David Miliband has said the Labour Party has “never been further from power” in a stinging article that also blames his brother Ed Miliband for the “result of choices” that have damaged the left in Britain a way that was not inevitable.
Writing in the New Statesman, Mr Miliband said the Labour Party was “at the margins” of politics as a matter of choice. “The shift from the mainstream to the margins has not been the product of a series of unfortunate accidents. That would be a reason for sorrow. Yet frustration or anger is more appropriate, because the political situation of Labour is the product of a series of choices,” the former Foreign Secretary said.
"Some of them have been small, others large, but together they have turned the party inwards rather than outwards, looking to the past rather than to new ideas, resting on easy rhetoric rather than taking hard decisions – and above all seeking to distance ourselves from our time in government, rather than building on it, in terms of both policy content and political culture and dynamic.
“The party has ended up pre-New Labour in policy and culture, when we need to be post-New Labour. This year's leadership election has spent a lot of time debating how to 'bring back' various lost icons, such as nationalised railways, rather than focusing on new ideas for the future.”
The words will be seen as a clear criticism of his brother, whose decision when leader to change Labour Party rules to allow anyone to pay £3 and vote in the leadership contest paved the way for Jeremy Corbyn’s unlikely victory.
Mr Miliband also accused Mr Corbyn of making Labour “unelectable” and is vicious in his criticism of the leader’s foreign policy in particular.
“The main charge against Jeremy Corbyn is not just that his strategy is undesirable because it makes the party unelectable – that is only half the story. The real issue is that his strategy makes the party unelectable because it is in many aspects undesirable.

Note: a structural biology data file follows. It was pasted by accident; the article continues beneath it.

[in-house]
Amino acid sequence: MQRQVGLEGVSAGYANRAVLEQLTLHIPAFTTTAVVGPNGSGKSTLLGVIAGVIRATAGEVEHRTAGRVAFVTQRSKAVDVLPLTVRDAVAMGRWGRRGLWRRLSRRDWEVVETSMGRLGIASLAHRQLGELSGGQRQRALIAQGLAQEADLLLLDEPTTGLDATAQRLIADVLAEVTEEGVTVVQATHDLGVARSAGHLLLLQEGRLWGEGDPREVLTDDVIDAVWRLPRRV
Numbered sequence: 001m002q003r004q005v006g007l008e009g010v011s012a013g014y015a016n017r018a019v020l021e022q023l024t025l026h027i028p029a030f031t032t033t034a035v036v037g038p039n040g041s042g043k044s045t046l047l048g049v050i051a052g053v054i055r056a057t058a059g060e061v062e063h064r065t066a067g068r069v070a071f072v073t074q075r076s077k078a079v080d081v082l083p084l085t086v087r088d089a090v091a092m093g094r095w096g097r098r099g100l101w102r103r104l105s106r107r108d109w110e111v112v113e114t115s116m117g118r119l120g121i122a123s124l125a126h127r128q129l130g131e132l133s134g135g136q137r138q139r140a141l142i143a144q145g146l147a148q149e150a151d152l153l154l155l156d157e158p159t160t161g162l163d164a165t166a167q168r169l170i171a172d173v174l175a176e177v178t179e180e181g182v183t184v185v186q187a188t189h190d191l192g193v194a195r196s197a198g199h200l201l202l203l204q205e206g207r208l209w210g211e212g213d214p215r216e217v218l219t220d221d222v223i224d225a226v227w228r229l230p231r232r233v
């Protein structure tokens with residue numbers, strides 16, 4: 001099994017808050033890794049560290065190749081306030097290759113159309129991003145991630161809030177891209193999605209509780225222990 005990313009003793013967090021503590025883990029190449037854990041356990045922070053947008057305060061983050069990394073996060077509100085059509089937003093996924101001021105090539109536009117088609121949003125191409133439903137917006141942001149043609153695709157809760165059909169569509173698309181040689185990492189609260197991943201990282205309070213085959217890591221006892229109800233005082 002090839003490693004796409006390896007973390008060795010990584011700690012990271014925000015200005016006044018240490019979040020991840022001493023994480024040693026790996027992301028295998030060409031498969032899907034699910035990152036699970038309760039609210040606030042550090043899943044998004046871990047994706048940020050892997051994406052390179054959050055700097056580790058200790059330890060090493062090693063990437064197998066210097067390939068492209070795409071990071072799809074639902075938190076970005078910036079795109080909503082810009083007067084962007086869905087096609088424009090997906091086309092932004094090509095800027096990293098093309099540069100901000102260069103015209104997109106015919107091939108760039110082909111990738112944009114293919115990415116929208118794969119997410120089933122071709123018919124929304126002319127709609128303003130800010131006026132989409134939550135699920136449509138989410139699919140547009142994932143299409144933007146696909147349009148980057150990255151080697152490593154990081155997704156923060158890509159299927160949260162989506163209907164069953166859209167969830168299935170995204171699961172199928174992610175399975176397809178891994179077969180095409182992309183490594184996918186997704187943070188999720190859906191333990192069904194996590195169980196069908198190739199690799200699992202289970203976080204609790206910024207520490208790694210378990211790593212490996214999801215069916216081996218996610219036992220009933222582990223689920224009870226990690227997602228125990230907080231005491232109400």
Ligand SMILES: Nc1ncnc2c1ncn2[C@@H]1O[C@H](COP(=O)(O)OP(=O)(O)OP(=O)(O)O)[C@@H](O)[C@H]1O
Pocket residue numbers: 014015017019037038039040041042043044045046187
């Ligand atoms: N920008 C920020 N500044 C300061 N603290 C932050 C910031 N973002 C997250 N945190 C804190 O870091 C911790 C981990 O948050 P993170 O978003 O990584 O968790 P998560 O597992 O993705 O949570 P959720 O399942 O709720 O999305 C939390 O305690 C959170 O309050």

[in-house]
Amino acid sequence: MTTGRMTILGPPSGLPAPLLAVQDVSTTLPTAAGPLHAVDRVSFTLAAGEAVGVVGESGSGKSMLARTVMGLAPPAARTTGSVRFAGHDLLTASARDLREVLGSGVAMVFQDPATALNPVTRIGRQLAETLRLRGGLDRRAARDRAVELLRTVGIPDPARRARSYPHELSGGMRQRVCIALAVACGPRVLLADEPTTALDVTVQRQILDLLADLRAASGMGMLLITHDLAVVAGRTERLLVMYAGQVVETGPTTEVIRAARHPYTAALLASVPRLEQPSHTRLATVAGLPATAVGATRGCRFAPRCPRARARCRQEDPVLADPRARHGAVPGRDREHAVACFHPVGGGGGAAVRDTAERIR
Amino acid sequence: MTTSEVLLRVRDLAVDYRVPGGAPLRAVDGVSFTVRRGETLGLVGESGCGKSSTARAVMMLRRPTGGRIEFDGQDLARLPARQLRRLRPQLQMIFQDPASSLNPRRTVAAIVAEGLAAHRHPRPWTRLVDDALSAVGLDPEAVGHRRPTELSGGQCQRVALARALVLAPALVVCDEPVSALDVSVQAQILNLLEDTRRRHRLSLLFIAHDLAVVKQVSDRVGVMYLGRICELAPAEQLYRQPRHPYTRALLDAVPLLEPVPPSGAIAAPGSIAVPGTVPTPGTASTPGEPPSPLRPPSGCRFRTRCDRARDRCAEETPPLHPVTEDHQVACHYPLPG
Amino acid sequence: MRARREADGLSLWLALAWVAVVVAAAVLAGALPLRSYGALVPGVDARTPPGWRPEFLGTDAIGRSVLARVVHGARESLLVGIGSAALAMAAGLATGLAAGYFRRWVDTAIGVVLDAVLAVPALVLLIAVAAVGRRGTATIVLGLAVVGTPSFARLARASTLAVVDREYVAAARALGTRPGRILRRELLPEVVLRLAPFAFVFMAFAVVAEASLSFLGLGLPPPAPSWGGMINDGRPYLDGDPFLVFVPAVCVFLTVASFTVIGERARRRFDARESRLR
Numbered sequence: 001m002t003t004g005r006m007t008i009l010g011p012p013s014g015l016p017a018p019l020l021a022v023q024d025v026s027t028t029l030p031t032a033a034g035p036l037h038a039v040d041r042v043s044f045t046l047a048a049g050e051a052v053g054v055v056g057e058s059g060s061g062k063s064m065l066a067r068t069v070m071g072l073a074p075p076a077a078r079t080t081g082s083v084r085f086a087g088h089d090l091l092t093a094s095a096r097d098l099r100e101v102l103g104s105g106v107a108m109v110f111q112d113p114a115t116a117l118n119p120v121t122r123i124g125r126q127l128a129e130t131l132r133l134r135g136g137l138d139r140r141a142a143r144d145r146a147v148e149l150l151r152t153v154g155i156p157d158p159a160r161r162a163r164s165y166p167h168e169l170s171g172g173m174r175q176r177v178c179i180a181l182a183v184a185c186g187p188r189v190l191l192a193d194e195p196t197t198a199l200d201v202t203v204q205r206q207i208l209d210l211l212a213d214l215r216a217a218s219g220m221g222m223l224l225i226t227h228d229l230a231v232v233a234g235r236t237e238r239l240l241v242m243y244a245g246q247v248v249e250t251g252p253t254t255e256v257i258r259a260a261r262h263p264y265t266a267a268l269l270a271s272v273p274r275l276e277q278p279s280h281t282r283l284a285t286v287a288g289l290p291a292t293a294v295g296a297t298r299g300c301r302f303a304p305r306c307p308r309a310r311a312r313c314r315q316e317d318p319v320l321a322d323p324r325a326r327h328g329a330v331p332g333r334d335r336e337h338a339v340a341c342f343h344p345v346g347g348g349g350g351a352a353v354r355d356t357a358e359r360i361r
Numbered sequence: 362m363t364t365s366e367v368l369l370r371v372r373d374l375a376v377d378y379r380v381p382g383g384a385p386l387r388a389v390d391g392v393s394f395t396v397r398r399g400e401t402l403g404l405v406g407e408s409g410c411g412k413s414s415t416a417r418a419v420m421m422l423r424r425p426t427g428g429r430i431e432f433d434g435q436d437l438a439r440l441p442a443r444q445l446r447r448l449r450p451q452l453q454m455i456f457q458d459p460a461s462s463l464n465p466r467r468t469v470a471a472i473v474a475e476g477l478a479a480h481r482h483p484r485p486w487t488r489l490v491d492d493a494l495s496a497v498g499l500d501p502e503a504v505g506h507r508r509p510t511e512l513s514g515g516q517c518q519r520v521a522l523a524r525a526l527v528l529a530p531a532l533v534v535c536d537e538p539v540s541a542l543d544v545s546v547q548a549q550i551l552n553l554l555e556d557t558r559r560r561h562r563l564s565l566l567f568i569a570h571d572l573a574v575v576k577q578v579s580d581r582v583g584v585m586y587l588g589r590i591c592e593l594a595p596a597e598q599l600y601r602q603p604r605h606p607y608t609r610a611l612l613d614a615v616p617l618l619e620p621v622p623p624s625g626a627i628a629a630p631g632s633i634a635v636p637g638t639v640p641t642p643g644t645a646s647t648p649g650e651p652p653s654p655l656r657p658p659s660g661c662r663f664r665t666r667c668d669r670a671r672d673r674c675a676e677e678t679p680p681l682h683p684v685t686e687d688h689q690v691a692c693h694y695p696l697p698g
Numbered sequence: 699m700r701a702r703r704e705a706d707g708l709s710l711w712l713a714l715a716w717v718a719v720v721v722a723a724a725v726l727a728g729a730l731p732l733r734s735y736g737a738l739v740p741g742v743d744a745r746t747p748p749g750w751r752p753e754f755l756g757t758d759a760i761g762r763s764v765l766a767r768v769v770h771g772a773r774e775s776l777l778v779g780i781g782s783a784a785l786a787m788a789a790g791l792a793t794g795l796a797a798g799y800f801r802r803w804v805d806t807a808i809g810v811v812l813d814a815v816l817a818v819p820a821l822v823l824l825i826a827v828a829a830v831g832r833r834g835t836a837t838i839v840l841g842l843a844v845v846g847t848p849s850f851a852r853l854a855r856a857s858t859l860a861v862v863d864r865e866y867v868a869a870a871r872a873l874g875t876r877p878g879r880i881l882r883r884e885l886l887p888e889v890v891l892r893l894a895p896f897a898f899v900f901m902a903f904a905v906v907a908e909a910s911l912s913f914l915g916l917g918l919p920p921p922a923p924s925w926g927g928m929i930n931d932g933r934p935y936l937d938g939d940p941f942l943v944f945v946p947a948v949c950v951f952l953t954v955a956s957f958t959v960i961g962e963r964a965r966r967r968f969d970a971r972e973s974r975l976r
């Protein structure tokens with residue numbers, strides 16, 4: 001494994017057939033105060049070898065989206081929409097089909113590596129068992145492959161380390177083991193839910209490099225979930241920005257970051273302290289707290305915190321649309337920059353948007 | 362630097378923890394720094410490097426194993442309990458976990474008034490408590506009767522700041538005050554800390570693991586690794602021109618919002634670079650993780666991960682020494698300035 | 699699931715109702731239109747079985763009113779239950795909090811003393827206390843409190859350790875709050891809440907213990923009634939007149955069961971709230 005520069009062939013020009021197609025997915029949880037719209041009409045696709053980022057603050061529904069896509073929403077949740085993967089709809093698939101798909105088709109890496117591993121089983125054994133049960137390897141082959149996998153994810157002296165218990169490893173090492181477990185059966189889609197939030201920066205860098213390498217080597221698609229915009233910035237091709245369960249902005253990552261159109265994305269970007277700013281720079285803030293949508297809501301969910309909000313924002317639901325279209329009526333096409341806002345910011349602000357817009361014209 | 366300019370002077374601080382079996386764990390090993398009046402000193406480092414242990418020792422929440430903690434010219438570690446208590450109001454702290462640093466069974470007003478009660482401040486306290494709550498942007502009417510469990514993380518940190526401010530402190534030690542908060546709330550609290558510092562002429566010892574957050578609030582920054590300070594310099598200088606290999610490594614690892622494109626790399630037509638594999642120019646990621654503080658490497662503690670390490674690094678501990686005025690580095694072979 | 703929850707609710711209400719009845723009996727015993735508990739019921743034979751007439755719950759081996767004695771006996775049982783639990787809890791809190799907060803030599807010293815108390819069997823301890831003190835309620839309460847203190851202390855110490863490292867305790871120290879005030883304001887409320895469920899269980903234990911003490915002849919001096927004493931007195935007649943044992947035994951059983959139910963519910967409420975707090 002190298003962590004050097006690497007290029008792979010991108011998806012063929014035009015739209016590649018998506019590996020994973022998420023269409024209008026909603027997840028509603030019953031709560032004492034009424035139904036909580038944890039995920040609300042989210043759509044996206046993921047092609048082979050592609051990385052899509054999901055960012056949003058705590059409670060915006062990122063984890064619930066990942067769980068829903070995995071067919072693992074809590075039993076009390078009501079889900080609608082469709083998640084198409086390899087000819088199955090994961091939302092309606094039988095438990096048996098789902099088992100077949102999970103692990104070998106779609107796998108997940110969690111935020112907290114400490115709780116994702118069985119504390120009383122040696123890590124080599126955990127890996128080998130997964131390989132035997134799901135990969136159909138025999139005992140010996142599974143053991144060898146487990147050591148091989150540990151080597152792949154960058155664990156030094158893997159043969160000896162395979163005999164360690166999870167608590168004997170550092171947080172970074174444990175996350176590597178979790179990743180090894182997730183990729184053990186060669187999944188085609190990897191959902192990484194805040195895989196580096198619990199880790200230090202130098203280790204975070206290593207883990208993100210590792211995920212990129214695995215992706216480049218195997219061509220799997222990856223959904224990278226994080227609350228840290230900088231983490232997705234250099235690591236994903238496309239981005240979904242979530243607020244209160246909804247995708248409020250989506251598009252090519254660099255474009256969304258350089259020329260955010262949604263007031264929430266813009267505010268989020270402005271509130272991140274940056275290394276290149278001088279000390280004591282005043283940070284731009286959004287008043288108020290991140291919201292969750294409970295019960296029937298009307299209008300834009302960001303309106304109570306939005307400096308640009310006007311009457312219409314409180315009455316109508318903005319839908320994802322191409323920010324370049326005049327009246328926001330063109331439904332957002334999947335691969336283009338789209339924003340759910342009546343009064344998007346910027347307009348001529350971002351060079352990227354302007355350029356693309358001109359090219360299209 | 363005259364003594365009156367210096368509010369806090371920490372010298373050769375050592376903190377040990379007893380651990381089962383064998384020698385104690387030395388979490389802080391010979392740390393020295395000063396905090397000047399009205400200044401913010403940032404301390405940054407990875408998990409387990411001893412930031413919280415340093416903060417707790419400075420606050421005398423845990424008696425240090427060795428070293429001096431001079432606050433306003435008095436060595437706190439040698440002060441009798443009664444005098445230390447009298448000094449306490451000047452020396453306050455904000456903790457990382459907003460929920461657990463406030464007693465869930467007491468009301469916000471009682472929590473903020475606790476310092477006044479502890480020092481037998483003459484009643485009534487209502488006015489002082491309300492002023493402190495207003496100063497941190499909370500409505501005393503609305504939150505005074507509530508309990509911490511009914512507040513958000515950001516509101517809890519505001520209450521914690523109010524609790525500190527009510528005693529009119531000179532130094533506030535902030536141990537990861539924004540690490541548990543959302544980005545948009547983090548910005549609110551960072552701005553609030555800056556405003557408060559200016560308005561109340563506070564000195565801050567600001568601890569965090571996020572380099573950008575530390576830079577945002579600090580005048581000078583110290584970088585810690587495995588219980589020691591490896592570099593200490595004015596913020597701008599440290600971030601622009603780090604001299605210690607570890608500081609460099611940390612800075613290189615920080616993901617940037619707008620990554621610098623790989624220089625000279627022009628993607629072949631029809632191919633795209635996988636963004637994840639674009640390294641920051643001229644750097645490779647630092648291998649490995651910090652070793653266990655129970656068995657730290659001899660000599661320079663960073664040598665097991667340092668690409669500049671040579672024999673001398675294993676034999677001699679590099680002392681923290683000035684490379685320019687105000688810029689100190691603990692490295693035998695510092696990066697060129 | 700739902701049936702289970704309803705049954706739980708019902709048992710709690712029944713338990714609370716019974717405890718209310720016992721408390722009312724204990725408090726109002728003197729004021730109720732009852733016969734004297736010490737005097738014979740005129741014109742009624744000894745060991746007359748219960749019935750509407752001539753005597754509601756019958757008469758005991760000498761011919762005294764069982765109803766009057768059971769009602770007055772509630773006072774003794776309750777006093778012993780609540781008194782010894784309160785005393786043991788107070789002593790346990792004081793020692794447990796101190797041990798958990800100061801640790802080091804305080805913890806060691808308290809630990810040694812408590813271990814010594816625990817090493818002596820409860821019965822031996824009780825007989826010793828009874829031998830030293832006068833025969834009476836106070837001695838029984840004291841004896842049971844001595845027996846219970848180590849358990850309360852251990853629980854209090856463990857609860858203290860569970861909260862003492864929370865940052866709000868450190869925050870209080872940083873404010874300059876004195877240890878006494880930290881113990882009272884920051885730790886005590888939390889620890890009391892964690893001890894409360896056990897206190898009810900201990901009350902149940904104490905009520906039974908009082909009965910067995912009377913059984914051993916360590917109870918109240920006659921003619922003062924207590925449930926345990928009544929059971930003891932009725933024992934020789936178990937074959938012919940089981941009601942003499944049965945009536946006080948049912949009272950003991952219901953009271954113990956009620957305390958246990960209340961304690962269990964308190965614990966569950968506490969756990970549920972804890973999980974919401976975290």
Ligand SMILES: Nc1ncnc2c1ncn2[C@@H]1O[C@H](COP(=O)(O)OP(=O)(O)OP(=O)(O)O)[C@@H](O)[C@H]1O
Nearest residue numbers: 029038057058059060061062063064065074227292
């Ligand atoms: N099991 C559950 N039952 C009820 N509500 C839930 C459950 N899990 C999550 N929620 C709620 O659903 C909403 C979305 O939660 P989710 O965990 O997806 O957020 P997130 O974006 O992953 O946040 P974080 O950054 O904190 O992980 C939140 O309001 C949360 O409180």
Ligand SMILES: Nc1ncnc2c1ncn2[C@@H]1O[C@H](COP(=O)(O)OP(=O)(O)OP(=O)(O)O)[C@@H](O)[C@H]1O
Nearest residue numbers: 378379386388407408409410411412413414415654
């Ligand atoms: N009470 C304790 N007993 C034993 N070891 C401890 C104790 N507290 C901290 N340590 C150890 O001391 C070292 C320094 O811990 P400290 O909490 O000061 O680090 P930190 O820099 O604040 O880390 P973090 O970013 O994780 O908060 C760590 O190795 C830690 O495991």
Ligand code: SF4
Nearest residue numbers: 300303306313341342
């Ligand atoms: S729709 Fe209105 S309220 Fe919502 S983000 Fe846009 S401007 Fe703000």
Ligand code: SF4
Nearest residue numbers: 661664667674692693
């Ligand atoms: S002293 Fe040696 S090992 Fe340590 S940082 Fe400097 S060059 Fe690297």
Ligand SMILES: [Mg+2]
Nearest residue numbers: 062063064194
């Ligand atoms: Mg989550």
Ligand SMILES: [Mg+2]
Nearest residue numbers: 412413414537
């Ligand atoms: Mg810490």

“This is true most egregiously with regard to foreign policy. The half-hearted message about Europe is a betrayal of millions of working people. The equivocation on Nato in the face of Russia's intimidation of nations in her former sphere of influence is dangerous and throws away progressive values.
“But the electorate can see through the domestic policy, too. Nationalisation cannot be the answer to everything; anti-austerity speeches cannot explain everything; corporate taxation cannot pay for everything. It doesn't add up. It wouldn't work. People are not stupid."
Mr Miliband, who is now based in New York and is head of the International Rescue Committee which deals with the global refugee crisis, added: “There is one other element that is not only undesirable, but disastrous. It is the critique that everyone who disagrees with Jeremy Corbyn is in fact a closet Tory – or 'Tory lite'.
“The 'Tory lite' allegation starts with a fact: government involves compromise. It then fashions an explanation: that the compromise is based on bad motives. It then develops a theory: that the trajectory of our country has been unchanged by Labour government since the Thatcher years. It then creates a new version of history: there is no difference between Labour and Tory governments.
“This is the sectarianism that leads to the dead end of permanent opposition.”
Mr Corbyn is expected to be re-elected as Labour leader when the results are announced on Saturday.
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